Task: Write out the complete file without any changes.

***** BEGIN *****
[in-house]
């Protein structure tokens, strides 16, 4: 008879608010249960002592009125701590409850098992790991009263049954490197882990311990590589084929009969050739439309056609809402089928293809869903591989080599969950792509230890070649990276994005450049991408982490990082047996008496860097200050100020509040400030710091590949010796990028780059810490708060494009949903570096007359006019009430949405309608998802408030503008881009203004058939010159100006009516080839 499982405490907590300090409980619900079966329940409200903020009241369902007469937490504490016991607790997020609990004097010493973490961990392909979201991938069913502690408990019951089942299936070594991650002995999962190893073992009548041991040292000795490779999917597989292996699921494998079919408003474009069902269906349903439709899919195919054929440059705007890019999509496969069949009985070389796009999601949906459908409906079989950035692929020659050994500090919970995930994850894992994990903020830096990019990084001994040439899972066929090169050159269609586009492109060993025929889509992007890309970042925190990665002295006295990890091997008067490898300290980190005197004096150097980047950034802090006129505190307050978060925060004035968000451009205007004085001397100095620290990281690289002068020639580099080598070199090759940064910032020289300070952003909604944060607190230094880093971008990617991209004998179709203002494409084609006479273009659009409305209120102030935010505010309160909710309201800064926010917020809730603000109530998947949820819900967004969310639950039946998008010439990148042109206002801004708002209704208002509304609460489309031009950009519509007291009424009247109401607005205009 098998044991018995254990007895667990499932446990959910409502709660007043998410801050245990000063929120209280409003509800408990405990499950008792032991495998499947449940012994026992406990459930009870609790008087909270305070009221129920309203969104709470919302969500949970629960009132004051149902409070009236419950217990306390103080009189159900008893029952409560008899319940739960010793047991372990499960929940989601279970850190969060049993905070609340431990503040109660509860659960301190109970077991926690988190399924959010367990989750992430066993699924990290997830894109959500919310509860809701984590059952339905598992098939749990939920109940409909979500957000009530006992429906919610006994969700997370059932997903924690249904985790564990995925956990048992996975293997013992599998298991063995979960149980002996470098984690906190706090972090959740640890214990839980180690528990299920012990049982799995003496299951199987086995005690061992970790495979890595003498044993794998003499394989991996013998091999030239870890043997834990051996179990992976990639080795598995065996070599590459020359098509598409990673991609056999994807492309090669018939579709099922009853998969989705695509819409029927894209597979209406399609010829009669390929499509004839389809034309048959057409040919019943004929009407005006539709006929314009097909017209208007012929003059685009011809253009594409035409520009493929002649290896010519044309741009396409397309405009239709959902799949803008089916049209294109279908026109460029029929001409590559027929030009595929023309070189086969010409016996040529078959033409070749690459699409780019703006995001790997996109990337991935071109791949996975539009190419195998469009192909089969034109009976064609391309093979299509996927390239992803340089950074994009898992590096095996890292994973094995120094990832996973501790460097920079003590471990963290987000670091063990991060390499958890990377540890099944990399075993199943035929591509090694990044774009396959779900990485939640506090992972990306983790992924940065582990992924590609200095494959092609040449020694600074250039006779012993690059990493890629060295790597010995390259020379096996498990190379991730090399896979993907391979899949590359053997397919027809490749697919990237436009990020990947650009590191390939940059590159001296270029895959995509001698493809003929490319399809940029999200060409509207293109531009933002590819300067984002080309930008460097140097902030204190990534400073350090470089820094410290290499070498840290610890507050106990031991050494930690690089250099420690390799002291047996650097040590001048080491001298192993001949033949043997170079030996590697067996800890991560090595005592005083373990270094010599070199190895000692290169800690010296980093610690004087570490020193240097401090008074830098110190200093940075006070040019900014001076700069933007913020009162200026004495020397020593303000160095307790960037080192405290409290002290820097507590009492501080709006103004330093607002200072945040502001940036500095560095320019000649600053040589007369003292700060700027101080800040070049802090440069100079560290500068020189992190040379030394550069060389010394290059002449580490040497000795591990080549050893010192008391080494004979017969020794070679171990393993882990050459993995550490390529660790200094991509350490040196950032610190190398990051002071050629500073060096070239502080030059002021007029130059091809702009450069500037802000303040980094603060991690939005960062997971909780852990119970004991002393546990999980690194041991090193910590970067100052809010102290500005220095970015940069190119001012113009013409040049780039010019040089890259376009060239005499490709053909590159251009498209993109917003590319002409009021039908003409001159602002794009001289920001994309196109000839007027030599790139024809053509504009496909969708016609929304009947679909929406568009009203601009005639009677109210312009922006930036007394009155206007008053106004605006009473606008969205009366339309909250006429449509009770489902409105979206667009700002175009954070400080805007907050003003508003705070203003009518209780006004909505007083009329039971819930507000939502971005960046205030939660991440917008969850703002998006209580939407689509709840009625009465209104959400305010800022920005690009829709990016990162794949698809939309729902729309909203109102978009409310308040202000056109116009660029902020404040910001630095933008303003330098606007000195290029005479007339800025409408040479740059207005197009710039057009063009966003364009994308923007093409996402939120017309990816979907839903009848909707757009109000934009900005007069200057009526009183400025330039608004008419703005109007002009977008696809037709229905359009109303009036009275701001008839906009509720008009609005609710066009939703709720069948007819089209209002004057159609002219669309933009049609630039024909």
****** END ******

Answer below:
[in-house]
């Protein structure tokens, strides 16, 4: 008879608010249960002592009125701590409850098992790991009263049954490197882990311990590589084929009969050739439309056609809402089928293809869903591989080599969950792509230890070649990276994005450049991408982490990082047996008496860097200050100020509040400030710091590949010796990028780059810490708060494009949903570096007359006019009430949405309608998802408030503008881009203004058939010159100006009516080839 499982405490907590300090409980619900079966329940409200903020009241369902007469937490504490016991607790997020609990004097010493973490961990392909979201991938069913502690408990019951089942299936070594991650002995999962190893073992009548041991040292000795490779999917597989292996699921494998079919408003474009069902269906349903439709899919195919054929440059705007890019999509496969069949009985070389796009999601949906459908409906079989950035692929020659050994500090919970995930994850894992994990903020830096990019990084001994040439899972066929090169050159269609586009492109060993025929889509992007890309970042925190990665002295006295990890091997008067490898300290980190005197004096150097980047950034802090006129505190307050978060925060004035968000451009205007004085001397100095620290990281690289002068020639580099080598070199090759940064910032020289300070952003909604944060607190230094880093971008990617991209004998179709203002494409084609006479273009659009409305209120102030935010505010309160909710309201800064926010917020809730603000109530998947949820819900967004969310639950039946998008010439990148042109206002801004708002209704208002509304609460489309031009950009519509007291009424009247109401607005205009 098998044991018995254990007895667990499932446990959910409502709660007043998410801050245990000063929120209280409003509800408990405990499950008792032991495998499947449940012994026992406990459930009870609790008087909270305070009221129920309203969104709470919302969500949970629960009132004051149902409070009236419950217990306390103080009189159900008893029952409560008899319940739960010793047991372990499960929940989601279970850190969060049993905070609340431990503040109660509860659960301190109970077991926690988190399924959010367990989750992430066993699924990290997830894109959500919310509860809701984590059952339905598992098939749990939920109940409909979500957000009530006992429906919610006994969700997370059932997903924690249904985790564990995925956990048992996975293997013992599998298991063995979960149980002996470098984690906190706090972090959740640890214990839980180690528990299920012990049982799995003496299951199987086995005690061992970790495979890595003498044993794998003499394989991996013998091999030239870890043997834990051996179990992976990639080795598995065996070599590459020359098509598409990673991609056999994807492309090669018939579709099922009853998969989705695509819409029927894209597979209406399609010829009669390929499509004839389809034309048959057409040919019943004929009407005006539709006929314009097909017209208007012929003059685009011809253009594409035409520009493929002649290896010519044309741009396409397309405009239709959902799949803008089916049209294109279908026109460029029929001409590559027929030009595929023309070189086969010409016996040529078959033409070749690459699409780019703006995001790997996109990337991935071109791949996975539009190419195998469009192909089969034109009976064609391309093979299509996927390239992803340089950074994009898992590096095996890292994973094995120094990832996973501790460097920079003590471990963290987000670091063990991060390499958890990377540890099944990399075993199943035929591509090694990044774009396959779900990485939640506090992972990306983790992924940065582990992924590609200095494959092609040449020694600074250039006779012993690059990493890629060295790597010995390259020379096996498990190379991730090399896979993907391979899949590359053997397919027809490749697919990237436009990020990947650009590191390939940059590159001296270029895959995509001698493809003929490319399809940029999200060409509207293109531009933002590819300067984002080309930008460097140097902030204190990534400073350090470089820094410290290499070498840290610890507050106990031991050494930690690089250099420690390799002291047996650097040590001048080491001298192993001949033949043997170079030996590697067996800890991560090595005592005083373990270094010599070199190895000692290169800690010296980093610690004087570490020193240097401090008074830098110190200093940075006070040019900014001076700069933007913020009162200026004495020397020593303000160095307790960037080192405290409290002290820097507590009492501080709006103004330093607002200072945040502001940036500095560095320019000649600053040589007369003292700060700027101080800040070049802090440069100079560290500068020189992190040379030394550069060389010394290059002449580490040497000795591990080549050893010192008391080494004979017969020794070679171990393993882990050459993995550490390529660790200094991509350490040196950032610190190398990051002071050629500073060096070239502080030059002021007029130059091809702009450069500037802000303040980094603060991690939005960062997971909780852990119970004991002393546990999980690194041991090193910590970067100052809010102290500005220095970015940069190119001012113009013409040049780039010019040089890259376009060239005499490709053909590159251009498209993109917003590319002409009021039908003409001159602002794009001289920001994309196109000839007027030599790139024809053509504009496909969708016609929304009947679909929406568009009203601009005639009677109210312009922006930036007394009155206007008053106004605006009473606008969205009366339309909250006429449509009770489902409105979206667009700002175009954070400080805007907050003003508003705070203003009518209780006004909505007083009329039971819930507000939502971005960046205030939660991440917008969850703002998006209580939407689509709840009625009465209104959400305010800022920005690009829709990016990162794949698809939309729902729309909203109102978009409310308040202000056109116009660029902020404040910001630095933008303003330098606007000195290029005479007339800025409408040479740059207005197009710039057009063009966003364009994308923007093409996402939120017309990816979907839903009848909707757009109000934009900005007069200057009526009183400025330039608004008419703005109007002009977008696809037709229905359009109303009036009275701001008839906009509720008009609005609710066009939703709720069948007819089209209002004057159609002219669309933009049609630039024909």